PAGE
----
Better possible self or better other? Gender affects who is more inspirational
Youngjee Han (Sungkyunkwan University) and Myungwoo Nam (Sungkyunkwan University), 2017, 45(2), 191–204

This article opens with the question “What motivates people to pursue their goals?” That opener hooked me immediately, as it’s a question that has interested me for some time. Most recently it’s something I’ve thought about in a role I have writing health promotion material for a website in New Zealand. What inspires and motivates someone to change their harmful lifestyle behaviors to those that will support their health and well-being?

The authors state that we use ideal standards to motivate us to achieve our goals (or at least reduce the gap between who we are now and who we aspire to be). These standards may be derived internally or externally, depending on our self-construal. In other words, we’re inspired either by the idea of a better possible self (ourselves being fitter/healthier in the future) or by a better other person (someone we know who is achieving the goal of better health and fitness).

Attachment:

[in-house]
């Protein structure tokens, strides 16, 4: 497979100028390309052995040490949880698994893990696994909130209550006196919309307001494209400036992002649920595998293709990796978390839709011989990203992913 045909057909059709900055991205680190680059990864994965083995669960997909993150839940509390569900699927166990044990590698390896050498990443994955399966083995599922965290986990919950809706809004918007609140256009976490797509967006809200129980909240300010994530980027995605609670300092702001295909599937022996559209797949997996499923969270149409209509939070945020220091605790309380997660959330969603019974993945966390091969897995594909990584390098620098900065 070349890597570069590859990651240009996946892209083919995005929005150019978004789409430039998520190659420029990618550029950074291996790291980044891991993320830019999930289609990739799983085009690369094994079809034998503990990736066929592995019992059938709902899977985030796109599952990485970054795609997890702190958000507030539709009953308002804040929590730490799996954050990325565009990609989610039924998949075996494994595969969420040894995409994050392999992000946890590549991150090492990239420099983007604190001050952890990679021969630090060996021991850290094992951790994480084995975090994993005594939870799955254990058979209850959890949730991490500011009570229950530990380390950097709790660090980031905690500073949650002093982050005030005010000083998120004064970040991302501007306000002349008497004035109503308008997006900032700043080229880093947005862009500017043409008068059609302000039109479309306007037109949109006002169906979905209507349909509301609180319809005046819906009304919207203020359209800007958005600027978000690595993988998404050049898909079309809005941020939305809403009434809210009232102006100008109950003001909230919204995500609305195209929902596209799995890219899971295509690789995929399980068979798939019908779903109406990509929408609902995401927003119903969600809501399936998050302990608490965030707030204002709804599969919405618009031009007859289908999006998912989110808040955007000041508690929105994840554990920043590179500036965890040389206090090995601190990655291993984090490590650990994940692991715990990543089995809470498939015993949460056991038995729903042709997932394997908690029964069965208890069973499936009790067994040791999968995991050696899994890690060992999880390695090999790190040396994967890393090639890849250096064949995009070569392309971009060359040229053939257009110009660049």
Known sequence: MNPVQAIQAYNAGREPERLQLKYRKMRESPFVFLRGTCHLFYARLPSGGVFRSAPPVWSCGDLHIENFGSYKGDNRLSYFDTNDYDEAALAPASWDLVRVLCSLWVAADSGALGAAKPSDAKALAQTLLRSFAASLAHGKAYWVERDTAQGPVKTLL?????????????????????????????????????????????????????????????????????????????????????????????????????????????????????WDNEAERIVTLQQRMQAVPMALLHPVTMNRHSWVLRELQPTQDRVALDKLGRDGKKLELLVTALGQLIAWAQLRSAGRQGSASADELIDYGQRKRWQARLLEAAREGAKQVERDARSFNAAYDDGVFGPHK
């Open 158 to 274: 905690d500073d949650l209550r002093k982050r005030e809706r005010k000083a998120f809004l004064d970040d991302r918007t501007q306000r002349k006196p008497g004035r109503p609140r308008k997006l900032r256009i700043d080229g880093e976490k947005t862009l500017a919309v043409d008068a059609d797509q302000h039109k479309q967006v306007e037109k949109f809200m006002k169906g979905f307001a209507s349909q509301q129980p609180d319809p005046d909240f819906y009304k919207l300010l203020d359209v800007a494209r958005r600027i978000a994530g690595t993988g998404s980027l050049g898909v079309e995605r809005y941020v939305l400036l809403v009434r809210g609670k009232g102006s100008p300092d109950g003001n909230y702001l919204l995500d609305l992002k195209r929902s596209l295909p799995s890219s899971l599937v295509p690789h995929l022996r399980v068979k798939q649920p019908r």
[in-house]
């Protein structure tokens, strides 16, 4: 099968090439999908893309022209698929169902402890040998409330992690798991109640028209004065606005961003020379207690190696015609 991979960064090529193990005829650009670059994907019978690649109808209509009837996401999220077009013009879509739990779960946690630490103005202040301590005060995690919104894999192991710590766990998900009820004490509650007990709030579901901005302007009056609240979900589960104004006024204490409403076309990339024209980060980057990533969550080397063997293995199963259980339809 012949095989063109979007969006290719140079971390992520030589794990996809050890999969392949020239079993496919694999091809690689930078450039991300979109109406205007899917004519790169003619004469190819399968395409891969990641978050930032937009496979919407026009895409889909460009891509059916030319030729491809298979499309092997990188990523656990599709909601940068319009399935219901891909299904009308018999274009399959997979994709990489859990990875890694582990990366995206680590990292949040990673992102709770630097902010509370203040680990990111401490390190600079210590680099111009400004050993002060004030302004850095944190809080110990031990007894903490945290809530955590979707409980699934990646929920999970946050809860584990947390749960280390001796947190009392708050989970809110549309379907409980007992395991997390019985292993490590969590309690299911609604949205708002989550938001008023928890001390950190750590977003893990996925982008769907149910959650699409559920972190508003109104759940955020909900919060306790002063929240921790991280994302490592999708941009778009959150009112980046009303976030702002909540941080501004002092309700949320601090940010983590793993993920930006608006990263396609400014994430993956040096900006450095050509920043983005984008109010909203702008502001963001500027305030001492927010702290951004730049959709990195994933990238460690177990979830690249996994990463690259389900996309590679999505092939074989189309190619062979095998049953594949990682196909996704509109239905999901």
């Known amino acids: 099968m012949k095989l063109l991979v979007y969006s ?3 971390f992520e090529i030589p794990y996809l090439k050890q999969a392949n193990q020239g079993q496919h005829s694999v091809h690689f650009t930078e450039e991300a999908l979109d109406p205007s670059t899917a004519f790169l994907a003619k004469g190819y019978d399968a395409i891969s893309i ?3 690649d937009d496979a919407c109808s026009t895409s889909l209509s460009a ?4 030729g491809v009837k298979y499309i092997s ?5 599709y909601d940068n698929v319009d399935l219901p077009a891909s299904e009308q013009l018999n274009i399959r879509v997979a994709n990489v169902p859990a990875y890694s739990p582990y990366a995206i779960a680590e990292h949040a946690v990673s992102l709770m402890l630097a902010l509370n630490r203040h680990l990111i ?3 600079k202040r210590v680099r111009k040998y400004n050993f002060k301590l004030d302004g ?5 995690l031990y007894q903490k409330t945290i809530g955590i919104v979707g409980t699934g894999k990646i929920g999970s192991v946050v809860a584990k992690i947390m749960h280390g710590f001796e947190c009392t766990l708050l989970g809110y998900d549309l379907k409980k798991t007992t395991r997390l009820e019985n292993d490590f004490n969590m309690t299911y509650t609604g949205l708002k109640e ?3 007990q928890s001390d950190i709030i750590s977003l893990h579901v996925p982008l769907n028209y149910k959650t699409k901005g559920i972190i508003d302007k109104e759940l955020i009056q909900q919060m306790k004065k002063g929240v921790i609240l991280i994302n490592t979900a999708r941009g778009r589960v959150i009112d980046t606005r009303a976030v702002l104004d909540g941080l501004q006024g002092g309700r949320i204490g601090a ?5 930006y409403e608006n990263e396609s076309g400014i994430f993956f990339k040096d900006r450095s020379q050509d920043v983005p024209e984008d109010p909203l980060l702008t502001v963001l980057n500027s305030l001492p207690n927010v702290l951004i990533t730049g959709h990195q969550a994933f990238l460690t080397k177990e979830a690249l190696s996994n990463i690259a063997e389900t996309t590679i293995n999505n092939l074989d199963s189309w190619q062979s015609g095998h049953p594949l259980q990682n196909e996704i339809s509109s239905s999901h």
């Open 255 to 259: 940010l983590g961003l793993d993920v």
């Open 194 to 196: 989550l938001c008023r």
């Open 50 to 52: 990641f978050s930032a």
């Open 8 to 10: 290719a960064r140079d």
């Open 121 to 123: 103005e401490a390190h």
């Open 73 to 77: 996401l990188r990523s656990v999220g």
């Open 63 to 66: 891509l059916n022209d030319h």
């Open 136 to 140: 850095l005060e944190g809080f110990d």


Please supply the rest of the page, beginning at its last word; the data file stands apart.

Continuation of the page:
So, which works better for whom? The authors found that men, who tend to be independent in their self-construal, are more motivated to achieve goals when they consider a better possible self as their ideal standard, whereas women, who tend to be more interdependent in their self-construal, are more inspired when they contemplate a better other as their comparator.

What does that mean in terms of health promotion? It means having more than one approach. Women need to have inspiring role models to motivate them, whereas men need to be encouraged to see themselves in the future as they wish to be. Now we just need to find ways to do that! 

Julie O'Brien | Copyeditor
Social Behavior and Personality: an international journal